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Unformatted text preview: © M. S. Shell 2009 1/8 last modified 11/12/2009 Fluctuations ChE210A Distributions in the canonical ensemble In the last lecture, we found that the canonical ensemble gives the probabilities that micro states are visited by the system at constant temperature: ℘ g = expG−¡¢ g £ ¤G¥,¦,§£ where ¨ is the index of a microstate and ¤ is the canonical partition function, ¤G¥,¦,§£ ≡ © expG−¡¢ ª £ all microstates ª at «,¬ which turns out to be related to the Helmholtz free energy: = −® ¯ ¥ ln ¤ Even though we can use the canonical ensemble to compute and other macroscopic proper ties like ¥, °, and ± , we actually have access to much more information than we did from a purely macroscopic perspective. We know the microstate probabilities in detail. This enables us to compute all kinds of averages for the system at constant temperature. Consider the case when there is some property ² that can be associated with a microstate. ² might be: • the total energy • the kinetic or potential energy • one component of the potential energy, such as the electrostatic part • the distance between two particular atoms, like the endtoend distance of a polymer molecule • some metric of geometric structure, such as how tetrahedral a water molecule is ar ranged with respect to its four nearest neighbors • the number of intermolecular noncovalent bonds formed, such as hydrogen bonds • and so on and so forth… © M. S. Shell 2009 2/8 last modified 11/12/2009 The idea is that, given a particular microstate g , we can compute G for that microstate exactly and denote its value G ¡ . The average value of G at a certain temperature in the canonical ensemble is given by a weighted sum over the microstates using ℘ ¡ : ¢G£ = ¤ G ¡ ℘ ¡ all ¡ at ¥,¦ We already saw that the average total energy is given when G = § , and can also be expressed as a derivative of the partition function. The variance of G can also be computed: σ ¨ © = ¢ªG − ¢G£« © £ = ¢G © £ − 2¢G£¢G£ + ¢G£ © = ¢G © £ − ¢G£ © = ¬ ¤ G ¡ © ℘ ¡ all ¡ at ¥,¦ − ¬ ¤ G ¡ ℘ ¡ all ¡ at ¥,¦ © What if we are interested in the distribution of G , rather than just the average or variance? The probability that a particular value of G will be seen is given by the sum of probabilities of all the microstates that have the desired values of G ¡ . A simple way of expressing this is to sum over all microstates and count up their probabilities if and only if G ¡ = G : ℘ªG« = ¤℘ ¡ ® ¨ ¯ °¨ ¡ Here, the Kronecker delta function ensures that only those microstates with G ¡ = G contribute to the average....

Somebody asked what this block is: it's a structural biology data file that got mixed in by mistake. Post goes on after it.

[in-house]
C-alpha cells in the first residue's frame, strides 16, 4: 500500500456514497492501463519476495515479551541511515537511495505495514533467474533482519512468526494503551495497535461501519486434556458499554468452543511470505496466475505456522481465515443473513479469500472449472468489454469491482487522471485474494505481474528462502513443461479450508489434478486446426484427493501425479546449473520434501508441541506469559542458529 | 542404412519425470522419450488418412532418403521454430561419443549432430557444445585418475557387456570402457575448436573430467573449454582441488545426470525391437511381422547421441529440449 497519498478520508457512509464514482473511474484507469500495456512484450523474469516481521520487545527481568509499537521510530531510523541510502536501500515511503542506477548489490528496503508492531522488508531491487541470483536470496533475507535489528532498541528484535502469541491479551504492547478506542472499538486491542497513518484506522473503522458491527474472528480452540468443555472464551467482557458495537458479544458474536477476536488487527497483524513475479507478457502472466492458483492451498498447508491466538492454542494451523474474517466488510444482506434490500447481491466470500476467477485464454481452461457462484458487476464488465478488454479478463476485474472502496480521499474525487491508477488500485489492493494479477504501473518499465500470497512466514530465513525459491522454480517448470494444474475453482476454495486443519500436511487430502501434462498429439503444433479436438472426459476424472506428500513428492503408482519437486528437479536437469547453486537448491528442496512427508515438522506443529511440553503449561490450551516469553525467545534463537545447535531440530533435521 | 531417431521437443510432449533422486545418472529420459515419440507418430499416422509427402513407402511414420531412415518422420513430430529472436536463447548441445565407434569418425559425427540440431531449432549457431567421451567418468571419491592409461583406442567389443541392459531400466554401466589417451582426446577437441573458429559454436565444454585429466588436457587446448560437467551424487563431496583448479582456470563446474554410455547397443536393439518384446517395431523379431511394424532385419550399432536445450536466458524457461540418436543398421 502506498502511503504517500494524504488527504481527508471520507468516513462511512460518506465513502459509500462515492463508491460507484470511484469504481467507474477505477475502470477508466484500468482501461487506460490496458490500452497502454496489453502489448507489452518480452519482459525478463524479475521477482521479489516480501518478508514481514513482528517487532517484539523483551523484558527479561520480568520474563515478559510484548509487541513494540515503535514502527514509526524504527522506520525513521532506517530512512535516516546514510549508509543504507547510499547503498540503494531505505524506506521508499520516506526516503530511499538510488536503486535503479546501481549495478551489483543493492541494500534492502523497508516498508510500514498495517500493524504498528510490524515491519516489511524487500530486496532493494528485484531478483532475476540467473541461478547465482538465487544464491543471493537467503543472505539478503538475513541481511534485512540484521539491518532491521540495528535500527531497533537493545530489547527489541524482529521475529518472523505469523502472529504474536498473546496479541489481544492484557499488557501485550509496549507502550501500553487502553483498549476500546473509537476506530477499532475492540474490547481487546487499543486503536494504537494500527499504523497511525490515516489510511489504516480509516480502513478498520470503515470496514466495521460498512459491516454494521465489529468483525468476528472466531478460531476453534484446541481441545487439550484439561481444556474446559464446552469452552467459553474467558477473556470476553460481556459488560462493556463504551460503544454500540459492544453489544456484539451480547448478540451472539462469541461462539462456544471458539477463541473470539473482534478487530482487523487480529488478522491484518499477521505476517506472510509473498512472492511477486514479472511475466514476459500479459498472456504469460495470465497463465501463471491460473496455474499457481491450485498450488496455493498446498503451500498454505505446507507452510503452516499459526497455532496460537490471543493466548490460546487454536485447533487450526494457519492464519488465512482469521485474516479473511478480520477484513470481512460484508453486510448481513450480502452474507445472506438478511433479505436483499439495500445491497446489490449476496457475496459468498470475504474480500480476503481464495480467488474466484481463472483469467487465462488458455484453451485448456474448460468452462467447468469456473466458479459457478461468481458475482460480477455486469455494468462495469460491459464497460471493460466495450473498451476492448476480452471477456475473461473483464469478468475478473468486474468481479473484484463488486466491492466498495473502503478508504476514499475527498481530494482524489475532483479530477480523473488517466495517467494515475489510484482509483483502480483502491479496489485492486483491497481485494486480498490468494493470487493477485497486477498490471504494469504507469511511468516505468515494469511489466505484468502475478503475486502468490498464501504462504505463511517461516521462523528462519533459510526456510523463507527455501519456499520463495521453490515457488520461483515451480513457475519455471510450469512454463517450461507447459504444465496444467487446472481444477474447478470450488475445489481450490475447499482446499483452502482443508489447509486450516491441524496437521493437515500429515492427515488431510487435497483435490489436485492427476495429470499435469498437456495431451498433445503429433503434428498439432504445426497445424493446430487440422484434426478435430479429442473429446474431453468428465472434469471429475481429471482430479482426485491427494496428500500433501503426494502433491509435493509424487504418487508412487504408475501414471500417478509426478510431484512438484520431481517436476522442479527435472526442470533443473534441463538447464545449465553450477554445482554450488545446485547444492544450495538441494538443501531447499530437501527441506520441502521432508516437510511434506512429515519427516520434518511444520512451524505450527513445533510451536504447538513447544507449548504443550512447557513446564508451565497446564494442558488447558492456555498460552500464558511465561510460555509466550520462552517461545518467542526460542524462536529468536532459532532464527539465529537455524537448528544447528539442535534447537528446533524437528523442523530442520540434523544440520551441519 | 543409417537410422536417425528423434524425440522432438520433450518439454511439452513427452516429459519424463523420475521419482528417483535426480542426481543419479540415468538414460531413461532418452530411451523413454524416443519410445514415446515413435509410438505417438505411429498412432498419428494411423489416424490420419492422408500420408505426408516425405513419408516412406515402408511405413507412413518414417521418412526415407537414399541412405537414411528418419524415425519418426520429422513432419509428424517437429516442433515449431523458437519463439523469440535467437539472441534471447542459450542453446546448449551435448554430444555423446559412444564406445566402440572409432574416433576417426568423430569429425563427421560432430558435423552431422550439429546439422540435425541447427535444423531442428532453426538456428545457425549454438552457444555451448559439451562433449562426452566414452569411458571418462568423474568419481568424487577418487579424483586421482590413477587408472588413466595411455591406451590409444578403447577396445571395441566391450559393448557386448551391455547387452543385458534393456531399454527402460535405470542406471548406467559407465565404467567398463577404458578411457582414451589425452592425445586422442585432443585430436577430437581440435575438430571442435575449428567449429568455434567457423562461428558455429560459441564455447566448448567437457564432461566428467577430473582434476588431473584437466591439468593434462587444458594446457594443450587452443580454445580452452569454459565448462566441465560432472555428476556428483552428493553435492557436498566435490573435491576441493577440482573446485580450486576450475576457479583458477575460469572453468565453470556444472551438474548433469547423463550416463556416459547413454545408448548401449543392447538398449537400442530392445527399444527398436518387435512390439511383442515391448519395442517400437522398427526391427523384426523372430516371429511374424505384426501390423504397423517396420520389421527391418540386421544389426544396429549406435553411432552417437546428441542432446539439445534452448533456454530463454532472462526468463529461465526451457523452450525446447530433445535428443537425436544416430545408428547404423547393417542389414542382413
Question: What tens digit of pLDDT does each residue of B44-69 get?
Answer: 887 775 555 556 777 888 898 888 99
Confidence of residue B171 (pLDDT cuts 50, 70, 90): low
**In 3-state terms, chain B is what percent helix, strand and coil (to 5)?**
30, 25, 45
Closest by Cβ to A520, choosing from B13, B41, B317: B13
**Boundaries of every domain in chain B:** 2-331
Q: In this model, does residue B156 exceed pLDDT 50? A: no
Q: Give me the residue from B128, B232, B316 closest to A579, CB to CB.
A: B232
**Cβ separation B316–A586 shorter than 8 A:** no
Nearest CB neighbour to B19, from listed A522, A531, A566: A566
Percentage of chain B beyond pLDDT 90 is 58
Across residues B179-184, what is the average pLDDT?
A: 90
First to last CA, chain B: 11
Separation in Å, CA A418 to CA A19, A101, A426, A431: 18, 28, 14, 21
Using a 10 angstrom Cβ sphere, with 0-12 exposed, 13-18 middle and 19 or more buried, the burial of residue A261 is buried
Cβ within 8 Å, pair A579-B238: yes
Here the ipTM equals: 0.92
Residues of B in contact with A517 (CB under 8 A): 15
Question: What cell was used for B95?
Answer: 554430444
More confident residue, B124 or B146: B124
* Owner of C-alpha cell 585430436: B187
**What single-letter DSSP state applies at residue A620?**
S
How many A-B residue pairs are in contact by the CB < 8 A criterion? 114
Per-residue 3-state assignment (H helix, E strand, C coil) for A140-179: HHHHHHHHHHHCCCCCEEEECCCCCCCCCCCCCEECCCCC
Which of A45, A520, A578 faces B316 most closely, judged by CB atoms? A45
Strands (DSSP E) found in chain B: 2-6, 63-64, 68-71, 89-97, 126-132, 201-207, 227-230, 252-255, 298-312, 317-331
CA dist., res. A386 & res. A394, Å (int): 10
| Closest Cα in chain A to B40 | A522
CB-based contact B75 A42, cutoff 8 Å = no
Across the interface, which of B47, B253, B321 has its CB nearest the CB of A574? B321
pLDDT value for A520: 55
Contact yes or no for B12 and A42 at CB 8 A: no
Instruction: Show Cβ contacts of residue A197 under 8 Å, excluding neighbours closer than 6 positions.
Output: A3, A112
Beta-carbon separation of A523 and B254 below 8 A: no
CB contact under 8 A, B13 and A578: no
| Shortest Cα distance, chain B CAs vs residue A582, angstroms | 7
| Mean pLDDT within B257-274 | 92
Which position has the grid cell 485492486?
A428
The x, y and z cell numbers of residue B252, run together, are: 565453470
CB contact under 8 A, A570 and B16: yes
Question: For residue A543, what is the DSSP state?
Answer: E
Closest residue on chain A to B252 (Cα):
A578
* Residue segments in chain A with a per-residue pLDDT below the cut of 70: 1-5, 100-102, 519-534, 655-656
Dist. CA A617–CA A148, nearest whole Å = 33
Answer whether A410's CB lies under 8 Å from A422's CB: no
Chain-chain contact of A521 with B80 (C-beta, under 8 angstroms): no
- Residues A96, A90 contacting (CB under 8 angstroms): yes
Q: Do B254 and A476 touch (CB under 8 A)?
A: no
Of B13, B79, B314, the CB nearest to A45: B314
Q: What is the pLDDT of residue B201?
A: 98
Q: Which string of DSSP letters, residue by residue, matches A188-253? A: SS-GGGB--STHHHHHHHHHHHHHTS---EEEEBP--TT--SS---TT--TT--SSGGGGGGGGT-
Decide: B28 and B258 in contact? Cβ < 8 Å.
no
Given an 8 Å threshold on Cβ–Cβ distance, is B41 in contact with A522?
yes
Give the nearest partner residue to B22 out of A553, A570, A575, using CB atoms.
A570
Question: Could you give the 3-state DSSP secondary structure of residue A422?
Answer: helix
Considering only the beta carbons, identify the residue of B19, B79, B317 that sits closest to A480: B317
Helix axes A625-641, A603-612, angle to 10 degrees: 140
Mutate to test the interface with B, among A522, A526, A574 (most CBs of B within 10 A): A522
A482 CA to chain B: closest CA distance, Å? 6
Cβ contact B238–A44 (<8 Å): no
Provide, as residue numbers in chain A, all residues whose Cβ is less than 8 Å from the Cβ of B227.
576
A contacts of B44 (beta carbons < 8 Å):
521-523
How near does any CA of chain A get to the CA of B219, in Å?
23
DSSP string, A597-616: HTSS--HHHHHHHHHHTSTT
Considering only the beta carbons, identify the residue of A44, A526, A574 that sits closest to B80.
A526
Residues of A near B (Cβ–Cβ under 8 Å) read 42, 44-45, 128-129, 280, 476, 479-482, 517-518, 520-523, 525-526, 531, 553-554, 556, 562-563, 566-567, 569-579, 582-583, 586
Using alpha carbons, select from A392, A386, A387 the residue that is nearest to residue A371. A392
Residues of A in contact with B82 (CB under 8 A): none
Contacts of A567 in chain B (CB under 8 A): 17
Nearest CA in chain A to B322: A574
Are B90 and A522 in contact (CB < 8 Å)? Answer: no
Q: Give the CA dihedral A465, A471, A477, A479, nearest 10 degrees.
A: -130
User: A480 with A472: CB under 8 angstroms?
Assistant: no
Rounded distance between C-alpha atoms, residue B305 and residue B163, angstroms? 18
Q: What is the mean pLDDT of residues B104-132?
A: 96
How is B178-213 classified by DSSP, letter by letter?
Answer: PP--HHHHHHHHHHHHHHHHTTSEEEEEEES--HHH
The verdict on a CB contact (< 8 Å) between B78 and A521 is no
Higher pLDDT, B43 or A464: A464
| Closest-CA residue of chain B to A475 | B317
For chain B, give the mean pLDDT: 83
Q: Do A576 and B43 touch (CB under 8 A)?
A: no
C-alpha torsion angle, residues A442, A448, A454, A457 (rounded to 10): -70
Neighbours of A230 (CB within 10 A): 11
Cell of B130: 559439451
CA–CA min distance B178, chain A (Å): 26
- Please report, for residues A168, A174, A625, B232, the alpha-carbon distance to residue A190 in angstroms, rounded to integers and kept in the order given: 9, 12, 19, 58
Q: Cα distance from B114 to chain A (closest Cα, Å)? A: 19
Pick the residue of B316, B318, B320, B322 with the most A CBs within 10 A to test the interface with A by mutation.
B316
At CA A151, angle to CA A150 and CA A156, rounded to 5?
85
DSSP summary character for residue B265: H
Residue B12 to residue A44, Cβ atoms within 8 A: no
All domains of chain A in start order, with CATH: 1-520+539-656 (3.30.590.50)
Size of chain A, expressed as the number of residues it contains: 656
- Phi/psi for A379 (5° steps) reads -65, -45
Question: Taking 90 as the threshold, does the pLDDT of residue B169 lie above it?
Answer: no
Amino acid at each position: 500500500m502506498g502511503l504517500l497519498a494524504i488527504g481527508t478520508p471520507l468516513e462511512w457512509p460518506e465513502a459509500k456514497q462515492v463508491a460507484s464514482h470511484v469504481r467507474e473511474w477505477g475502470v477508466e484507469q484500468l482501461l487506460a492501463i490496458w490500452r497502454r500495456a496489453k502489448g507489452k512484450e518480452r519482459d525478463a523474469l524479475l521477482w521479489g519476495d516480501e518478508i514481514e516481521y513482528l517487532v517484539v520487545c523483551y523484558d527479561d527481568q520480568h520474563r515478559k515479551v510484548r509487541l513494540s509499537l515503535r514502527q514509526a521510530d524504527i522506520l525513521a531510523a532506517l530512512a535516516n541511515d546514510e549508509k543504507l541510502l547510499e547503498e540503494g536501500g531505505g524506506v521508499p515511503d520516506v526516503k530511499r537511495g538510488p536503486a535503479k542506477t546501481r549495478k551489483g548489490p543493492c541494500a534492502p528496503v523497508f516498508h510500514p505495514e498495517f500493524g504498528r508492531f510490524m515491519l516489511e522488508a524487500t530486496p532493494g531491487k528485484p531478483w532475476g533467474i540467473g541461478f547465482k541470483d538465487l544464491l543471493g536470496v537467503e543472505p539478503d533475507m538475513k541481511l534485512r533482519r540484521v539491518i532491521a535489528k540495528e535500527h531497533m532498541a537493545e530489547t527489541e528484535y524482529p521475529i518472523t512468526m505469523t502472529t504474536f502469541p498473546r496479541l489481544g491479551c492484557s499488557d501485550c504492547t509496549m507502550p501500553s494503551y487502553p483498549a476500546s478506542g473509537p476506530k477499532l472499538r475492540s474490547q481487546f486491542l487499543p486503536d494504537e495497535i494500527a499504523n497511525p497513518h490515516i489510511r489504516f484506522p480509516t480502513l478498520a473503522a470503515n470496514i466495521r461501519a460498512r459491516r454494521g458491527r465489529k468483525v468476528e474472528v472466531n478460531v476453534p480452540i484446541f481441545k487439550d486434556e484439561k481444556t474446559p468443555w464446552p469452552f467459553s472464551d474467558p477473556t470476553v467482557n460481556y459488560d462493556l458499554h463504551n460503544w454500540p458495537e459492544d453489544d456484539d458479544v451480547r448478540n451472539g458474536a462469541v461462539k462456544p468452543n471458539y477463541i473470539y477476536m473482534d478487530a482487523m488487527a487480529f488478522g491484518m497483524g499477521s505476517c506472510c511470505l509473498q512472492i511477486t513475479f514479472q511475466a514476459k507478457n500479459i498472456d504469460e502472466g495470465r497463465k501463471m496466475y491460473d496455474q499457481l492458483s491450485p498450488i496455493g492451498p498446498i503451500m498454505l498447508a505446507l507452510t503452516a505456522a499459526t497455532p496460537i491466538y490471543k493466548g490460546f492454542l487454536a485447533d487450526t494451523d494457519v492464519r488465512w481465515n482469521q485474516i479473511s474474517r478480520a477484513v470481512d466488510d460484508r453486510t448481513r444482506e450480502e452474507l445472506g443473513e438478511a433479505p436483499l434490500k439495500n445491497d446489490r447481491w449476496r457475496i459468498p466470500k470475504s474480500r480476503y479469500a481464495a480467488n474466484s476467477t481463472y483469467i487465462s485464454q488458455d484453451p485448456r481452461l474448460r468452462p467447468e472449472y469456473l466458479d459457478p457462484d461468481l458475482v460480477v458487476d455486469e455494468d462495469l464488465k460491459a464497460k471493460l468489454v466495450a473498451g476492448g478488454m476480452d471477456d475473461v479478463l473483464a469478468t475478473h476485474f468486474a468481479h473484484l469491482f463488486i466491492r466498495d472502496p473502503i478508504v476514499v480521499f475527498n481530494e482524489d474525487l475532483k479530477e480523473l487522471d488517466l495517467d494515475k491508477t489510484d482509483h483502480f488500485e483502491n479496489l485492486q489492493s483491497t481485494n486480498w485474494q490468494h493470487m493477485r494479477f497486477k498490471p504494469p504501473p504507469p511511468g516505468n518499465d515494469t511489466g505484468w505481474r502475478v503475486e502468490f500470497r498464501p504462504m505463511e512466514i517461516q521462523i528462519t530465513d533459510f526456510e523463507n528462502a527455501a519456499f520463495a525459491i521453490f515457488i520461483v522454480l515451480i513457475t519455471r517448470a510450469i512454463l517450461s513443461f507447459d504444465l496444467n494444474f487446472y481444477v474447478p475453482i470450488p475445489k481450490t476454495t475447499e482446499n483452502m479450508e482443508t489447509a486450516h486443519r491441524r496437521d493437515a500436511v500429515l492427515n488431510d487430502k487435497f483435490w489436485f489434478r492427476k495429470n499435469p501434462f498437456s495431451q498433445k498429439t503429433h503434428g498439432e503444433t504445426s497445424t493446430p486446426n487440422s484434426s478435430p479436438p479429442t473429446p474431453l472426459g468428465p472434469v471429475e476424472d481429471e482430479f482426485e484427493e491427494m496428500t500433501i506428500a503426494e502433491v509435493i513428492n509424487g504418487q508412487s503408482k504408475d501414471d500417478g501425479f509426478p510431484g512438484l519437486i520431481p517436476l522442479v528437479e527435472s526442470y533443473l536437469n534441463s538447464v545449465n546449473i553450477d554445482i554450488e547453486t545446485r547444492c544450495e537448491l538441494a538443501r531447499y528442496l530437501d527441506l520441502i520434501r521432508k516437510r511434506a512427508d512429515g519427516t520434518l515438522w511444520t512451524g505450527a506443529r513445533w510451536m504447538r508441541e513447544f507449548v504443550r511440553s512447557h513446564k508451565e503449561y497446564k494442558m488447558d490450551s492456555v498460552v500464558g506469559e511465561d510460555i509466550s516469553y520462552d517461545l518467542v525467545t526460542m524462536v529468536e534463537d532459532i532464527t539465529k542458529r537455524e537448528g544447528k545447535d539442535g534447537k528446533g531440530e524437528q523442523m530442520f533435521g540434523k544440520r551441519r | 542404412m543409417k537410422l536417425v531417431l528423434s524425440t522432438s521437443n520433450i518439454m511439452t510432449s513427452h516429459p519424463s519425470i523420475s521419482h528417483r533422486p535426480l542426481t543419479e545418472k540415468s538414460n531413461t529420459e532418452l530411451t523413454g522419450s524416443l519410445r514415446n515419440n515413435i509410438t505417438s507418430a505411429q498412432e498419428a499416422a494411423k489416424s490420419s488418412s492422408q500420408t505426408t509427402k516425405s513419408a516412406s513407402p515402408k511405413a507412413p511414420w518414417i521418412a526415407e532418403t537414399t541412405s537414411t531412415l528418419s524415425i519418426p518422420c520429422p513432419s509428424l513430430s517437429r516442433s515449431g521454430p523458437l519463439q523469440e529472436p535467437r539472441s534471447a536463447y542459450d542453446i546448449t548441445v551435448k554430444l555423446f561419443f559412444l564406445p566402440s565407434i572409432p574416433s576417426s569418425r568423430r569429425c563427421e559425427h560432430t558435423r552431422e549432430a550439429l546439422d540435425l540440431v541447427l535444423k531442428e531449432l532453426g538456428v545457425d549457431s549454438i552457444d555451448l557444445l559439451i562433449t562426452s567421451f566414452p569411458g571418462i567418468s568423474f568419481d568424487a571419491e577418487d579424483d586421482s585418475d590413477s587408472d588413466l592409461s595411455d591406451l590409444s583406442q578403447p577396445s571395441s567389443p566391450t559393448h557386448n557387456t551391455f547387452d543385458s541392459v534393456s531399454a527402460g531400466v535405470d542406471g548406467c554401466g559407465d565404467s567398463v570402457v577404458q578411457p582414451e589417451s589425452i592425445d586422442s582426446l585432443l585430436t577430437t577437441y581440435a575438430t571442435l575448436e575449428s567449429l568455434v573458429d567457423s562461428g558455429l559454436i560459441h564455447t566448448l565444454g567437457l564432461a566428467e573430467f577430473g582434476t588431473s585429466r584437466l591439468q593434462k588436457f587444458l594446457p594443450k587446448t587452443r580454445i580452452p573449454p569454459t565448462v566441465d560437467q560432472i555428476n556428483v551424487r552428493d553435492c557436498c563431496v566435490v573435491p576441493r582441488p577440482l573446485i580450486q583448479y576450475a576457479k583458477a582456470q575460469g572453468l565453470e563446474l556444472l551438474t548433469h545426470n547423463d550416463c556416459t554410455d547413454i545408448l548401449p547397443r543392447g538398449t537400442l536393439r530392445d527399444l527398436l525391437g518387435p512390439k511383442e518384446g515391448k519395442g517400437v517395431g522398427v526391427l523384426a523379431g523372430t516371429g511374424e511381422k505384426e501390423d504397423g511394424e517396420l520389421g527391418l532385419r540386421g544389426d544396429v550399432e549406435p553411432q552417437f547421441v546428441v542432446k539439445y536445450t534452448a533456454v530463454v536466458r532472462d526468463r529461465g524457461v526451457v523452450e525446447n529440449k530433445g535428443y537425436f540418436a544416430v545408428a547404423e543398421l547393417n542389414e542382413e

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This note was uploaded on 12/29/2011 for the course CHE 210a taught by Professor Staff during the Fall '08 term at UCSB.
 Fall '08
 Staff

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